Sleep Apnea Treatment in Great Neck and Manhattan
Uvulopalatopharyngoplasty, or UPPP, is a surgical procedure that treats sleep apnea by removing excess tissue in the throat and, as a result, widens the airway. This allows air to move through the throat more easily when patient breathes, effectively reducing the symptoms of snoring and sleep apnea.
Candidates for UPPP
UPPP is recommended for patients with the following conditions:
- Excess tissue in the nose, mouth or throat that blocks the airways and causes breathing abnormalities
- Those for whom lifestyle changes and conservative treatments have failed
- Those who are unable to tolerate the CPAP, or Continuous Positive Airway Pressure treatment
In addition to widening the airway, UPPP also aims to improve the movement of air past the soft palate and help the airway remain open during sleep.
The UPPP Procedure
The UPPP procedure is performed in a hospital and requires general anesthesia and an overnight stay. During the UPPP procedure, tissue may be removed in order to expand the airway. Tissue may be removed from the following areas:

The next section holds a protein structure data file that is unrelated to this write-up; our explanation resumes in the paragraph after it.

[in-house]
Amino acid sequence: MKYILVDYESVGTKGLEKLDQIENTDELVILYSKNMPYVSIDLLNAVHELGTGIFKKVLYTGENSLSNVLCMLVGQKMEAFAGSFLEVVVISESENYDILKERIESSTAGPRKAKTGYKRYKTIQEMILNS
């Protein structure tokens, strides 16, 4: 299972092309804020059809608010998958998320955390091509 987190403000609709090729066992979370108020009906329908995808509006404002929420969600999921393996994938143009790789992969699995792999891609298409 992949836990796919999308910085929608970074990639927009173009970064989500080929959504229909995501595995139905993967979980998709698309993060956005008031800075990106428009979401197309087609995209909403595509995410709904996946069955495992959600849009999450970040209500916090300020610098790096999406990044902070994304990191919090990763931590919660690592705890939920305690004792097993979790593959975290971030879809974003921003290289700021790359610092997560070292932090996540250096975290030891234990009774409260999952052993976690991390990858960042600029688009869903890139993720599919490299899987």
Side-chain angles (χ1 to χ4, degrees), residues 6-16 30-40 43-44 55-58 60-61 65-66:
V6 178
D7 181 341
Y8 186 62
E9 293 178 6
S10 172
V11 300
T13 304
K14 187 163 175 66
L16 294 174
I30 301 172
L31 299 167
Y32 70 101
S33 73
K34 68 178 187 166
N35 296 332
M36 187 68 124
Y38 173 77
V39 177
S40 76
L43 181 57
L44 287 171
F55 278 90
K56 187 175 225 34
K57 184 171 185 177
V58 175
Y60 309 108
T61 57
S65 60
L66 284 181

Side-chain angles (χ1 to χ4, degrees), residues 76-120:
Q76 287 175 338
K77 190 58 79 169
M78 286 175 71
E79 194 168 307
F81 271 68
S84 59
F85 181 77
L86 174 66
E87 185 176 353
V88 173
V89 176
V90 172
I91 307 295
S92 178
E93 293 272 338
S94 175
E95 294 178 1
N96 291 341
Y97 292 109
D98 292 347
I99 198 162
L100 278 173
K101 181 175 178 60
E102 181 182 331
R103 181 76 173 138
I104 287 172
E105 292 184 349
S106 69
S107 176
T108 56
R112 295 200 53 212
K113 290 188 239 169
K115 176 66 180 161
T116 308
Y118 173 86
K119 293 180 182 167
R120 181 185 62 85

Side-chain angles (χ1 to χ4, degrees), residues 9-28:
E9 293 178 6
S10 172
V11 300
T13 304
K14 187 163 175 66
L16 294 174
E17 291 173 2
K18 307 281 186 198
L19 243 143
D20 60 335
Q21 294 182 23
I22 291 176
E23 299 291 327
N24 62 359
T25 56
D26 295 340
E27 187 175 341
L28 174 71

- Uvula, or the finger-shaped tissue that hangs downward from the roof of the mouth into the throat
- Soft palate, or the rear portion of the roof of the mouth
The amount of tissue removed will depend upon the location and severity of each patient’s individual condition. If an enlarged tongue is a factor in the patient’s sleep apnea, the doctor may also remove a small portion of the tongue, which is called a uvulopalatopharyngoglossoplasty.
The surgeon may use either a scalpel or newer laser methods such as LAUP, or Laser-Assisted Uvulopalatoplasty, in order to perform the UPPP.
Recovery usually takes about ten to 14 days, during which time patients may experience difficulty swallowing and/or sore throat. After the procedure, a sleep study may be required to determine if sleep apnea has improved.
Considerations and Risks of UPPP
While this procedure is considered safe, it is not recommended as an initial treatment, and is used more as a last resort. Patients should consider non-surgical treatments before choosing surgery.
UPPP has been found to alleviate snoring in many patients who have had this surgery, but results with sleep apnea vary from patient to patient.
Like any other surgical procedure, there are certain risks associated with the UPPP procedure, that may include:
- Difficulty swallowing
- Speech problems, or change to a more nasal quality of speech
- Changes in food taste
While the procedure may be successful, the patient may still require the use of CPAP treatment. The doctor will discuss these risks as well as address any concerns prior to the procedure.